Deadly raid leads to change on no-knock warrants

HOUSTON, Texas (KTRK) -- The deaths of Dennis and Rhogena Tuttle as part of a disastrous no-knock warrant has brought on one major policy shift at the Houston Police Department.

"I'm 99.9 percent sure I'm not going to be using it," Chief Art Acevedo said. "If there's a specific case, it would have to come through my office."

The chief made the announcement during a loud community town hall Monday night, pointing out the reasoning behind no-knock raids, to prevent suspects from flushing drugs down the toilet, just doesn't make sense.

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"If the amount of dope somebody has is so little, someone is going to flush it, you don't have much of a case to start with," Acevedo said. "And if they're so dangerous, why not wait until they come out of the house?"

We do not know just how many no-knock raids the department authorized last year, but well known defense attorney Kent Schaffer welcomes the policy shift. He also hopes search warrants get more scrutiny.

"Now it's going to cause prosecutors and judges to look more carefully at the search warrant, and when a defendant comes and says 'That never happened, that wasn't me,' I think people are going to pay more attention," Schaffer said.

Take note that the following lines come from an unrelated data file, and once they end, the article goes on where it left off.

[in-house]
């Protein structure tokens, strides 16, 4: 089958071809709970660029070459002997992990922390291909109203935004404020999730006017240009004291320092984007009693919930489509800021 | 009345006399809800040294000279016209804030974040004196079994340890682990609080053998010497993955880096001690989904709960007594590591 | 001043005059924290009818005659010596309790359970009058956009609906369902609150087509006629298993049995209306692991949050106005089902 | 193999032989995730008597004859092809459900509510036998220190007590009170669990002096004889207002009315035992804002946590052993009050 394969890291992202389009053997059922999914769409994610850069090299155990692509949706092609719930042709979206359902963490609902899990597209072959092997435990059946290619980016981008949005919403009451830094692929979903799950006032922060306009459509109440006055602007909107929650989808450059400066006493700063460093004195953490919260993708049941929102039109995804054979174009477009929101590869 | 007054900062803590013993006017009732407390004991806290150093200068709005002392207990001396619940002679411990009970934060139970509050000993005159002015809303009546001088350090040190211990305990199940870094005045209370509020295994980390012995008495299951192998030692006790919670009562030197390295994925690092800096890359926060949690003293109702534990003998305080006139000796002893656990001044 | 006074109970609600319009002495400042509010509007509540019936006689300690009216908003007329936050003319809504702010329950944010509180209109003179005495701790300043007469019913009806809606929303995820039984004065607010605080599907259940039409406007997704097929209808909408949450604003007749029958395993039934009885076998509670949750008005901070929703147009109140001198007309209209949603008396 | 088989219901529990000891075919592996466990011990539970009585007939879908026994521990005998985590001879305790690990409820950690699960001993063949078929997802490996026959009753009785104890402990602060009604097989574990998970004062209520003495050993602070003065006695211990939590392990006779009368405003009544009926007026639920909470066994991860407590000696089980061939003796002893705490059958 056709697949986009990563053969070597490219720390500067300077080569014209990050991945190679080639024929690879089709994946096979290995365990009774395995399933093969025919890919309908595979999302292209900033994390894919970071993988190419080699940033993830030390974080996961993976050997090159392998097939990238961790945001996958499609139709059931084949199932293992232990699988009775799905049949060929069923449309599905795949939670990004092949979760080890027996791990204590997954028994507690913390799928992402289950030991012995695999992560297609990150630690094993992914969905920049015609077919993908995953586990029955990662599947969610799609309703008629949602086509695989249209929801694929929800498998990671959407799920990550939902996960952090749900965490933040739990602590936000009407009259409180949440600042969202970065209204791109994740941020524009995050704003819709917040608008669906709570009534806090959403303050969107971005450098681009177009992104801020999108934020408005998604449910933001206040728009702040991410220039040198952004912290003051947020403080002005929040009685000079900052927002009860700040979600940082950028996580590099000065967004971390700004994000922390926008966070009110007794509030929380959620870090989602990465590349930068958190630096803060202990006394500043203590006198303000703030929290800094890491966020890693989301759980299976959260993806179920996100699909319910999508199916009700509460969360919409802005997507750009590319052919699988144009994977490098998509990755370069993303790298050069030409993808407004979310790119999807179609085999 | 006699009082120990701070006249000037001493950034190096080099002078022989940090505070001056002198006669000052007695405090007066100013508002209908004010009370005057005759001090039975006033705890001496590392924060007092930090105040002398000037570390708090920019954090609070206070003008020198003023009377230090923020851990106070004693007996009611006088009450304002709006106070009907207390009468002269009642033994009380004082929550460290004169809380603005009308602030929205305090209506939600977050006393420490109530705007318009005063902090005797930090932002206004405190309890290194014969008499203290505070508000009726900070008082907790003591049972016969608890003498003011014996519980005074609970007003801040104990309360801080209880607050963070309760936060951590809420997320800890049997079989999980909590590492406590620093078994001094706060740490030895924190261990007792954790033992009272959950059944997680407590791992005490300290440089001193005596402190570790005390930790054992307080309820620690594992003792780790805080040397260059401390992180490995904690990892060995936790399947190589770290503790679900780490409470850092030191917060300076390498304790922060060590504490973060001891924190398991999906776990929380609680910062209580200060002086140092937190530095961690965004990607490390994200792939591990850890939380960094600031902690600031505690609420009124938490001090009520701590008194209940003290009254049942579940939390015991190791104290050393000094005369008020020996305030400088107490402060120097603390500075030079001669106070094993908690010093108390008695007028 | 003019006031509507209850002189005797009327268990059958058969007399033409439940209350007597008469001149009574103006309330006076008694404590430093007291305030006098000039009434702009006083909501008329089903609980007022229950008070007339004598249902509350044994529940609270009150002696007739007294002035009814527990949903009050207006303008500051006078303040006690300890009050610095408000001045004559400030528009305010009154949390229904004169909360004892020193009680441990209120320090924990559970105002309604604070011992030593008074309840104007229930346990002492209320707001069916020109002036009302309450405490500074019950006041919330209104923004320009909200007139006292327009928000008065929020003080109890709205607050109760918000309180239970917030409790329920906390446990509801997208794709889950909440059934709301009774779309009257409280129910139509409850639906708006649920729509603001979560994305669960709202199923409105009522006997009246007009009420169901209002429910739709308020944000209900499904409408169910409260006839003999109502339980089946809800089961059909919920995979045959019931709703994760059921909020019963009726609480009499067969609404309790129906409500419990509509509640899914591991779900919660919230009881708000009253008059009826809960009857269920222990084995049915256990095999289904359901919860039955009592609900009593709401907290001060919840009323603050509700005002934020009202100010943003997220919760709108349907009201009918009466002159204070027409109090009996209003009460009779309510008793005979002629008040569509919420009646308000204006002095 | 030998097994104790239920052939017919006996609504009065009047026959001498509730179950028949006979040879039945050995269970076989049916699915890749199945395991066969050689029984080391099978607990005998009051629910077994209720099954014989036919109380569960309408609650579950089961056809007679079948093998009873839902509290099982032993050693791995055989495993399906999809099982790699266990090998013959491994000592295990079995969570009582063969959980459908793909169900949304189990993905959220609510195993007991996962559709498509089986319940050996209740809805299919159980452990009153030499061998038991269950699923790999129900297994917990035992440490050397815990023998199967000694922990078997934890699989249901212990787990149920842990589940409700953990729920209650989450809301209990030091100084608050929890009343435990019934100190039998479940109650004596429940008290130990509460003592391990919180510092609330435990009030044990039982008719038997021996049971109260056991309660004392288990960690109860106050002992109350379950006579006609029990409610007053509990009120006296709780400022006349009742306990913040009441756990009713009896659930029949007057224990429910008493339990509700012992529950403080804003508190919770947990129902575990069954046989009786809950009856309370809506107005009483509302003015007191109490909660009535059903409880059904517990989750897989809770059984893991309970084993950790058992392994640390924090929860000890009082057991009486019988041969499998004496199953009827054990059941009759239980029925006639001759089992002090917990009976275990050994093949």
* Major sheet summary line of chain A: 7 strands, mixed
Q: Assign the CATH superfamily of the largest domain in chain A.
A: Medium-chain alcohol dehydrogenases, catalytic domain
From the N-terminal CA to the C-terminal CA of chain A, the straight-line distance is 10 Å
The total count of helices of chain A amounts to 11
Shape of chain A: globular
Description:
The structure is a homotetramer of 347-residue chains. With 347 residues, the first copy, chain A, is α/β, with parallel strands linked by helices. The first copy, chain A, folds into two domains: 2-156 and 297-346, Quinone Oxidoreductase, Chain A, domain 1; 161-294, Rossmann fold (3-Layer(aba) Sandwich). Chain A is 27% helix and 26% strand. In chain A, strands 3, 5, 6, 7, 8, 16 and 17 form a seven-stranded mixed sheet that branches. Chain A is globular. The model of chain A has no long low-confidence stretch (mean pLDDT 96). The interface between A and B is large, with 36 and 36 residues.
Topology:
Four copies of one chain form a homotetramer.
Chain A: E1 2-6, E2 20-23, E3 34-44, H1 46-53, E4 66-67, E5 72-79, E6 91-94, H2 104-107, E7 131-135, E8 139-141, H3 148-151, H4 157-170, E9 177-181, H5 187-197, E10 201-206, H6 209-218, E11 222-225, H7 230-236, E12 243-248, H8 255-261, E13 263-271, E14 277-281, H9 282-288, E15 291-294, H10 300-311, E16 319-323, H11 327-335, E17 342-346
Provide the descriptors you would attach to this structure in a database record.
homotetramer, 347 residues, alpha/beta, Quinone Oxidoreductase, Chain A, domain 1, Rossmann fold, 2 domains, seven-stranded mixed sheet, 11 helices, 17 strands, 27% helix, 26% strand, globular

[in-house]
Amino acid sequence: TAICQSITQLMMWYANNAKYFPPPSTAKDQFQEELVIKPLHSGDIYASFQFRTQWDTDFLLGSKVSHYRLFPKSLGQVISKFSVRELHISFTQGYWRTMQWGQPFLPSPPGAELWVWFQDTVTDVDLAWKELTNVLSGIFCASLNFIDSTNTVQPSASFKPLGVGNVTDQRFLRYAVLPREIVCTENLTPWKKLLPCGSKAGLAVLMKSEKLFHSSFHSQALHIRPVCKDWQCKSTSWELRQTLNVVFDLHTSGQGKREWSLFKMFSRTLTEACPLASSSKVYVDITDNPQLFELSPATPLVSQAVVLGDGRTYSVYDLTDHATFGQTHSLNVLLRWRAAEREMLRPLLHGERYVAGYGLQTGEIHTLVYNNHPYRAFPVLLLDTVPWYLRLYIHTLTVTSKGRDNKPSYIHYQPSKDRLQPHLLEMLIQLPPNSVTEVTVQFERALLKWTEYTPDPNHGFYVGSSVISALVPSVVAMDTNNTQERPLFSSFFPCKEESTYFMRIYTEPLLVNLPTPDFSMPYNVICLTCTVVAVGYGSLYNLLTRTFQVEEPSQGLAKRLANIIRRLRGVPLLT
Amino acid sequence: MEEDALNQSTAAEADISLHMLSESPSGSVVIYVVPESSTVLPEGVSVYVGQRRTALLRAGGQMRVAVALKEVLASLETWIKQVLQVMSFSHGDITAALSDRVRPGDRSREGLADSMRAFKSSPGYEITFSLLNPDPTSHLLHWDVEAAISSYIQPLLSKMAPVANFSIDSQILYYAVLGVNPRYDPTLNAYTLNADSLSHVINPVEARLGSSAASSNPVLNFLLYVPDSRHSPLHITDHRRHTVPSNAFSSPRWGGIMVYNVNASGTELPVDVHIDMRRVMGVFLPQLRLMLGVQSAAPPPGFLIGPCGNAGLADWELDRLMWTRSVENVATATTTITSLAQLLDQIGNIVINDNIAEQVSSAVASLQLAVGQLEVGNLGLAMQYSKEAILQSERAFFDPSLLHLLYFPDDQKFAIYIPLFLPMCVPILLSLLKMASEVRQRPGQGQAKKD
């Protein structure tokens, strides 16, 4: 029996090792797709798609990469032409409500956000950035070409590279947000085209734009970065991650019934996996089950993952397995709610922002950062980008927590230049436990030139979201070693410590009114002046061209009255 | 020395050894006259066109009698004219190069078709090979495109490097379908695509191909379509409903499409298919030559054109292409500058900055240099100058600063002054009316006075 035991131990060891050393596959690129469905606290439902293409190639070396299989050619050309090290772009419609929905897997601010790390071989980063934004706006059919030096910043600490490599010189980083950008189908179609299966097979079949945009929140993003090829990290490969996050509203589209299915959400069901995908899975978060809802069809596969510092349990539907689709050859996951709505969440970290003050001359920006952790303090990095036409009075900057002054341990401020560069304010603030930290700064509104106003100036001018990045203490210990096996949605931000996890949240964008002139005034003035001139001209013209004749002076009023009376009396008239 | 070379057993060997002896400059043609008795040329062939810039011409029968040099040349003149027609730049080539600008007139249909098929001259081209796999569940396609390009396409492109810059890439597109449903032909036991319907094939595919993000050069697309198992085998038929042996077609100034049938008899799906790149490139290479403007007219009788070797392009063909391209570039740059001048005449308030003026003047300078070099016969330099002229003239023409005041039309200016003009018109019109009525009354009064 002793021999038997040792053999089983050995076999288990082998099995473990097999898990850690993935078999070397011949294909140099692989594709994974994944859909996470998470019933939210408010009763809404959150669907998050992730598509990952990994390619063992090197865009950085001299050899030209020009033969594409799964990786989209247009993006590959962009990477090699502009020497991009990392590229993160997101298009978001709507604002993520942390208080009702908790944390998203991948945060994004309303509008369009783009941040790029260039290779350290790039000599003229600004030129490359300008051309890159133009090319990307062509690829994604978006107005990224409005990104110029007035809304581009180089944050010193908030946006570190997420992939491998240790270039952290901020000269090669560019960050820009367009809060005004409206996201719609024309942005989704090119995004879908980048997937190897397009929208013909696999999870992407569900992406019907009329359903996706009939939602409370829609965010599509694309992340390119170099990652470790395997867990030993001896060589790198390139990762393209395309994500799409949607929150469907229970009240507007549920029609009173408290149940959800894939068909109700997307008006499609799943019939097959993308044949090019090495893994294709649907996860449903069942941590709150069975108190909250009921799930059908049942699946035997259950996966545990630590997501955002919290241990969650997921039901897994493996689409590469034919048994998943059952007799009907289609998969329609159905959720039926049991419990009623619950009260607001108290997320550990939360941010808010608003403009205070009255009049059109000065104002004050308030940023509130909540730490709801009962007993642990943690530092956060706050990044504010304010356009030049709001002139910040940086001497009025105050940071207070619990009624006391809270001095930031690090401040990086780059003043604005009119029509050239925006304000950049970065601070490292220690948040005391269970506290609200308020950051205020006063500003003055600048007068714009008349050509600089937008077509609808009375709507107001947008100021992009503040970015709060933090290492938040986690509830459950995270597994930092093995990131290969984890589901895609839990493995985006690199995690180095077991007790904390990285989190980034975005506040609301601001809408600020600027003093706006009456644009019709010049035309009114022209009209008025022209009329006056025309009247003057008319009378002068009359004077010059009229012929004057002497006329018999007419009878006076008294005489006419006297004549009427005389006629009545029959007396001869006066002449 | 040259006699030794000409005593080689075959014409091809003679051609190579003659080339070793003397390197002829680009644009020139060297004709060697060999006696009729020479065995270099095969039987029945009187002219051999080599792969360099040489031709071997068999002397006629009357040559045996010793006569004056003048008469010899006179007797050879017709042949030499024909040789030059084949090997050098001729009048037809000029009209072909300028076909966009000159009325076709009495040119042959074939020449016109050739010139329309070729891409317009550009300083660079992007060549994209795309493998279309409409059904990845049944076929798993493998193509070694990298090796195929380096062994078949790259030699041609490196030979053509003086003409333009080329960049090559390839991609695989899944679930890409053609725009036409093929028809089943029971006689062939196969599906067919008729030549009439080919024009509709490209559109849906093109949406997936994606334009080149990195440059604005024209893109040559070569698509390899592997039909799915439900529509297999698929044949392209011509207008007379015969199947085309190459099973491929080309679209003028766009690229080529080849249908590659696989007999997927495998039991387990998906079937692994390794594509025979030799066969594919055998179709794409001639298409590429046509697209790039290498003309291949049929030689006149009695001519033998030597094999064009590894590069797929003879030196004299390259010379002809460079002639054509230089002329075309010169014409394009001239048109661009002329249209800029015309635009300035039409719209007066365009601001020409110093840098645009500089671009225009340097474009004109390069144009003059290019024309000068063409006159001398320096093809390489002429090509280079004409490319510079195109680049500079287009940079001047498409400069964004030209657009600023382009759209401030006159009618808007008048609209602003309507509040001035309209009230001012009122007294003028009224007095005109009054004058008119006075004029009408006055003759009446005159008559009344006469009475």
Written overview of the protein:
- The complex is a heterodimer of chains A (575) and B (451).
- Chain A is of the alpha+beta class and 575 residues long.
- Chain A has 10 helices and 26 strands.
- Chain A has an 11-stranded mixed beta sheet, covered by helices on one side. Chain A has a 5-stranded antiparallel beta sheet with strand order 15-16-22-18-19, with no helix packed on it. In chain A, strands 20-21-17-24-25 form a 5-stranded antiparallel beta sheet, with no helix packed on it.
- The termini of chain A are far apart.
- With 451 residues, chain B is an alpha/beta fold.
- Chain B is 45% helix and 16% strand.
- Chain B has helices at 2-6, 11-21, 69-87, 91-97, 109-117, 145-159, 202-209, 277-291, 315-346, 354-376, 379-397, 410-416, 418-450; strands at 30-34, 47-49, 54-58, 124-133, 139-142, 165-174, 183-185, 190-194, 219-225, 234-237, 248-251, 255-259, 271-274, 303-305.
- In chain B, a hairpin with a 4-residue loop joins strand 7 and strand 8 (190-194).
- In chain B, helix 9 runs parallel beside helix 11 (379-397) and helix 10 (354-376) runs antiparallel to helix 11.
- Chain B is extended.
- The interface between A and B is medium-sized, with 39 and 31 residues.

Unfortunately, it came too late for Elizabeth Gonsoulin and her family. In 2013, Houston Police conducted a no-knock raid into her house, led by Officer Gerald Goines, the same officer involved in the Harding Street raid. During the March 19 raid, her son George Benard was shot.

"All of the sudden they just busted in that door, and George got up and went to get water and they shot him," Gonsoulin told us on Monday.

Benard lived, but lost most of his fingers and toes.

Now, ABC13 has uncovered new information: the search warrant that led to that raid. It was signed by Goines, and the target of the raid was Dominick Benard, not George. Dominick is George's older brother and did not even live in the family home.

"Just because you have the same last name doesn't mean they have the right to shoot you," Schaffer said.

Former Judge Marc Carter, who spent 15 years on the bench in Harris County, says these recent developments have made him think about the hundreds of warrants he signed during his judicial career.

"If there's a police officer that's dishonest, there's no way I'm going to know whether or not he's dishonest," said Carter, who is now a defense attorney. "Because he's taken an oath, he's swearing the information he's provided me is true."

"This is a perfect example of why they should have bodycams," Carter continued. "You know, like my wife said, 'If you don't have anything to hide, why is a camera a problem?'"

Mayor Sylvester Turner is expected to have a news conference discussing these new developments on Wednesday afternoon.

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